Contract Teachers, DoD

The U.S. Department of State Office of Overseas Schools oversees the contract hiring of teachers for teaching the dependent students of American children overseas.  The Department of Defense, a separate U.S. Government agency, operates a school system for the benefit of dependents of U.S. military personnel stationed overseas. Recruitment of teachers for schools at military bases overseas is handled by the Department of Defense, Office of Dependents’ Schools.*

They, in turn, operate the DoDEA, or Department of Defense Education Activity, which was established shortly after the end of World War II.

The problems they faced in logistics undoubtedly were made even more difficult back in the 60’s and 70’s, too – before the days of the internet and cell phone, when it took six weeks for a letter to reach its destination, and then another month and a half back.

The teachers no doubt faced an even greater sense of isolation, and given that their job were to teach these military kids overseas – ones who were always rotating in and out so much you barely got to know their name before the next one would come marching in; where the kids you started with in school were rarely the ones you finished with at the end of the year.

How to teach in a system like that?  One where the children were constantly changing faces and you were constantly changing places just the same as they were?  How to ensure a lesson taught at this school wasn’t the same one that they learned last year – or last week – by a different teacher there?  Unlike the civilian schools, this school system had to be strictly scheduled – everything kept on schedule, not just across a district or board – but throughout the entire military system!

And what to do with a child who came in – tardy or behind in some subject because he had been going to school with some civilian crowd – and now he’s out of sync with the ‘system’?  As a teacher – especially a military one overseas – I’m sure your choices were limited.  You saw but could not speak.  Or spoke but was not heard – or even more likely, just told “shut up or you’ll lose your job.”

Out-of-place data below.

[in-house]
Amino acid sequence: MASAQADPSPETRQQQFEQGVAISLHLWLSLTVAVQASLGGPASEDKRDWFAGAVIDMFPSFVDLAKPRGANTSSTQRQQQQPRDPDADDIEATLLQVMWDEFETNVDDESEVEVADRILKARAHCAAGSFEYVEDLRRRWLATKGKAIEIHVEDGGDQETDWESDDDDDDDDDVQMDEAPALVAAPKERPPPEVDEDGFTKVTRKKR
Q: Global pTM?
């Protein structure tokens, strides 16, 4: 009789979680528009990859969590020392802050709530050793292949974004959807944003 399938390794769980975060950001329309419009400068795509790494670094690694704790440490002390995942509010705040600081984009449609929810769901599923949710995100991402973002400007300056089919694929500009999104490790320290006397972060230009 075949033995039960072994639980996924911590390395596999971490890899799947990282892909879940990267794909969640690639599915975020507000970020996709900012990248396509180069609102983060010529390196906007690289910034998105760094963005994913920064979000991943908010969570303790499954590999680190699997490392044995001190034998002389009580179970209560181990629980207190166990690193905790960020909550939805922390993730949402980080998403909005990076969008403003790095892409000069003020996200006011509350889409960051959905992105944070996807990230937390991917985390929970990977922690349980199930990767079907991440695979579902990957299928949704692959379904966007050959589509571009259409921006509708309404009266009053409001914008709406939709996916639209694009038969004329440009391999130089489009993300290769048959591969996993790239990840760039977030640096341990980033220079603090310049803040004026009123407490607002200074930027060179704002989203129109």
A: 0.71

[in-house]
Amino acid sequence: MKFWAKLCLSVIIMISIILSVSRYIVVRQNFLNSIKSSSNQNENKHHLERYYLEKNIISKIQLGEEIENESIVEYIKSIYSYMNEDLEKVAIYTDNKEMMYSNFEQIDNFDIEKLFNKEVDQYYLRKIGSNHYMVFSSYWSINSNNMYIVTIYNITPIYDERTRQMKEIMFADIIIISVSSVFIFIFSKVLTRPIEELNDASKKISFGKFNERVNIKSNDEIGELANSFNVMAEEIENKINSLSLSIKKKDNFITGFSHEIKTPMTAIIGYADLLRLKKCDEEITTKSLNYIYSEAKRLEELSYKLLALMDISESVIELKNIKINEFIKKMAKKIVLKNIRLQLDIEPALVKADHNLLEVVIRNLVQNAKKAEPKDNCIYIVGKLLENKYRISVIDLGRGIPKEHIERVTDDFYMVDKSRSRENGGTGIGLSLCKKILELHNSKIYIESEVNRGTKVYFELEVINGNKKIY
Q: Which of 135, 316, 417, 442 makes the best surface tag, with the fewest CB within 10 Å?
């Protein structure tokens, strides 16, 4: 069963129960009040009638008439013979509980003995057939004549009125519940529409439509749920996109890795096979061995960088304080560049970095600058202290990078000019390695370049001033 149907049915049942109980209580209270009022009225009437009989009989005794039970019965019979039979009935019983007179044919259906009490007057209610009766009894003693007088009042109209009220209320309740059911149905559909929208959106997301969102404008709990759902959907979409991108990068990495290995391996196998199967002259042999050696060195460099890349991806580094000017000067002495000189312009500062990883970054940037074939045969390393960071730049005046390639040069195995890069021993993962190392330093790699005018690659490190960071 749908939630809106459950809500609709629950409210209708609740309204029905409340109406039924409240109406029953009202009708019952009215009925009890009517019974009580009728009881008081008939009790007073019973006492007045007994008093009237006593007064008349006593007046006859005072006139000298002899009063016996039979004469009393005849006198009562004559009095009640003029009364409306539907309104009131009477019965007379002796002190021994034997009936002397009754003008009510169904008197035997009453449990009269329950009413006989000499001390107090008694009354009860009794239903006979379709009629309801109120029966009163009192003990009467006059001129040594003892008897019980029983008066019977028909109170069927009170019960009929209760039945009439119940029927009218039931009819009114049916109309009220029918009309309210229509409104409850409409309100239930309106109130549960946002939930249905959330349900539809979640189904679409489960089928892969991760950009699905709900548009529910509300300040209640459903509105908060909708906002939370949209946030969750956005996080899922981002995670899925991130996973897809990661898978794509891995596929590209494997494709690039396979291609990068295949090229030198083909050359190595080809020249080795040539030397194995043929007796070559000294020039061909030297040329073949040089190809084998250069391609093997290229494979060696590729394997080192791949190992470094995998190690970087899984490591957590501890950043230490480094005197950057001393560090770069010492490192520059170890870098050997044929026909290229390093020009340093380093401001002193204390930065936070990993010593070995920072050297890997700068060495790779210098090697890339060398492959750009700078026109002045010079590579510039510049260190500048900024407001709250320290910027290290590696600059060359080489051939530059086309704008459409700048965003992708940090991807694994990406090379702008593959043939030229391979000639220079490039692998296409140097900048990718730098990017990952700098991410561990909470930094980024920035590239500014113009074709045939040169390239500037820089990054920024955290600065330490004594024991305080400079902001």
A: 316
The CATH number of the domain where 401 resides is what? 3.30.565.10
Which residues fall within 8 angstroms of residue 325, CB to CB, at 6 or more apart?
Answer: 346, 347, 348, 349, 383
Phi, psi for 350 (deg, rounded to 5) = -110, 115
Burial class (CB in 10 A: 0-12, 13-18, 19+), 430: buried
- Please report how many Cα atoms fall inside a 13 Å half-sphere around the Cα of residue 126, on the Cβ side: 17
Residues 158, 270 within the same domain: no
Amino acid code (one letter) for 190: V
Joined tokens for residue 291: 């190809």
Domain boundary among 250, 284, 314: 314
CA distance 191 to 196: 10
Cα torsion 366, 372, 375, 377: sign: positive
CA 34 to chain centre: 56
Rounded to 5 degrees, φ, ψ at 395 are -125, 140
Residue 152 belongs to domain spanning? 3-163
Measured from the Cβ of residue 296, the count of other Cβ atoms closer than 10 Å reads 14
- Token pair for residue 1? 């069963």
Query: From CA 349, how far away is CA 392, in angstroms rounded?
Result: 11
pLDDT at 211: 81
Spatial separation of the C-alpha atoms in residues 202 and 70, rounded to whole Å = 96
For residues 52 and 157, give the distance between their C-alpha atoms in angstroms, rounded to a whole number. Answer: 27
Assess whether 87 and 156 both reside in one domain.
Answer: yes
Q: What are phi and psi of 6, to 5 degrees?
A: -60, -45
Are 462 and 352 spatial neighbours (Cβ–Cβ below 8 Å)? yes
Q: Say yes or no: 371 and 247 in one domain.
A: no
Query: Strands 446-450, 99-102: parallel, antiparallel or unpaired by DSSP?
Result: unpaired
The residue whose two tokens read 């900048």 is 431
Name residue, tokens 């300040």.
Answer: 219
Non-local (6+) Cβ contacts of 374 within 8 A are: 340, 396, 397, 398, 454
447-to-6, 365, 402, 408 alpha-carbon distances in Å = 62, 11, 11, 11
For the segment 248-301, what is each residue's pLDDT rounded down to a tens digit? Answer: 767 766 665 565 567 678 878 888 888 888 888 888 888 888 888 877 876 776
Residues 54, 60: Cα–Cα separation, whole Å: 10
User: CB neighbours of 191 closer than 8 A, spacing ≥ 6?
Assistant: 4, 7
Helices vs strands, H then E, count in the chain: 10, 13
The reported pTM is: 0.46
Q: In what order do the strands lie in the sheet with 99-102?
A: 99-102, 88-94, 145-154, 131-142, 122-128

I’m certain that kind of thing happened – and who to report to?  The MP’s?  The American ‘authorities’ on base?  What if they were the ones who were guilty; they were covering up?  What then?

And what about the military’s mission?  What then?

Can you be too afraid to speak up on the part of some small child – recognizing the sacrifice you make, he makes – by protecting the “member’s mission”?  Can you simply bite your lip and move on . . . ignoring those bruises as you turn your back on him; not reporting what’s going on . . . because you’ve seen so much of it and no matter what you’ve told . . .

You march in unison with the rest of the teachers there, doing the best you can.  Struggling on.

Sure, there are those ten-percenters; those ones who either do a great job, throwing their passion into it – or else the ones who are just over there for the sense of adventure, or for the strange few, the chance to engage in their passions . . . their rages . . . their desires which would never go over in some of the civilian schools I’ve been in.

How they managed it – teaching us at all – is bewildering.  I managed to change schools over four times one year – a lot more in the years before and following – and somehow the Army always seemed to have a new school ready for me.  No matter when I arrived – I would fit in with the rest of the strangers and the course – just like taking a step in class.  A few times I arrived I would be a few pages ahead or behind, but never very much.

The only place I got screwed up was in math.  And that I can blame on the civilian schools.  They were behind the DoD system when I got to North Carolina, and that really mucked me up from then on out.  Coming back I found myself in the same old “behind” school again – and the problem just got confounded.  No matter where I went after that I was behind in math.  I had gotten stuck in fractions – fraction conversions to decimals had been missed, skipped completely – and none of the teachers had time for me, time to figure out what it was this boy needed, why he got D’s and F’s – when he got straight A’s in so many of his other classes . . .

But I’ve always held a sense of grudging admiration for my overseas teachers.  They had an uphill battle all the time, no doubt!  Minimal resources, the mainland far away – having to rely upon themselves, arrange everything themselves – and maintain this strict kind of schedule, not just across the land but the entire ‘system’ of military dependent teaching . . .

and I’m sure sometimes they watched us – feeling rather sad.  I’m sure sometimes they were told to “shut up” – and that they had no choice.  Just take it, swallow it down  . . . and continue on.  Sacrificing the child for the greater good.

I hope they know I don’t blame them.  Because I know, like they know: it wouldn’t have made any difference.

No difference at all.

The military system.  Well planned, quite mad sometimes . . . and so were the times sometimes.